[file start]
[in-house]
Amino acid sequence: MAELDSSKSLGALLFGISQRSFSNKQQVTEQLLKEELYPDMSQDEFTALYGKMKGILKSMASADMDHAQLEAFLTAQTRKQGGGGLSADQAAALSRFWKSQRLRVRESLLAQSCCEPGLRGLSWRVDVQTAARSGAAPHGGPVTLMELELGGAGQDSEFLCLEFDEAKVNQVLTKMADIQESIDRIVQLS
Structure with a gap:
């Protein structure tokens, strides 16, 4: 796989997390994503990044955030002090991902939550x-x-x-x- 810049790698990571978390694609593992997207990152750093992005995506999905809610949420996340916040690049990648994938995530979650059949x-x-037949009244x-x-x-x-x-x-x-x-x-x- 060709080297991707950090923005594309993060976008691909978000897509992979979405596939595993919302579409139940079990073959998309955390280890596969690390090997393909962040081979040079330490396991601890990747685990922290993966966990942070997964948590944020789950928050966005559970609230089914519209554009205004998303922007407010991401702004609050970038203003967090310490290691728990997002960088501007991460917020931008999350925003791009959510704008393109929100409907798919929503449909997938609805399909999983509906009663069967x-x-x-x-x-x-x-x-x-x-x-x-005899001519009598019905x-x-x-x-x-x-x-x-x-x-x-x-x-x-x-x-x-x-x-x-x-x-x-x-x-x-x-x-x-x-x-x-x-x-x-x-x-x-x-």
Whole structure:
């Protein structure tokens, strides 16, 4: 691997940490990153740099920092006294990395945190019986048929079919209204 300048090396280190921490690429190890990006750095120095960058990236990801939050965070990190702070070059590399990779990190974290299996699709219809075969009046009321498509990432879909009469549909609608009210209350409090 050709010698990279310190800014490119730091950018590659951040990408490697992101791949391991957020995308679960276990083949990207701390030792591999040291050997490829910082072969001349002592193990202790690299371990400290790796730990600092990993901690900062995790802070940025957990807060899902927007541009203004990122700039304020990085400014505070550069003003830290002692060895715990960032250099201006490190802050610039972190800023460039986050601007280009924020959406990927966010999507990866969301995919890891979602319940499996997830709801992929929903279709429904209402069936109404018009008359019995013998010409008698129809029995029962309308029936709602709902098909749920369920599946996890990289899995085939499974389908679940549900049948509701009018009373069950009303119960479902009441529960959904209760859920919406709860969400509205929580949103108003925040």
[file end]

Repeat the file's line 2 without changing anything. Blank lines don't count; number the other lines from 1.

Amino acid sequence: MAELDSSKSLGALLFGISQRSFSNKQQVTEQLLKEELYPDMSQDEFTALYGKMKGILKSMASADMDHAQLEAFLTAQTRKQGGGGLSADQAAALSRFWKSQRLRVRESLLAQSCCEPGLRGLSWRVDVQTAARSGAAPHGGPVTLMELELGGAGQDSEFLCLEFDEAKVNQVLTKMADIQESIDRIVQLS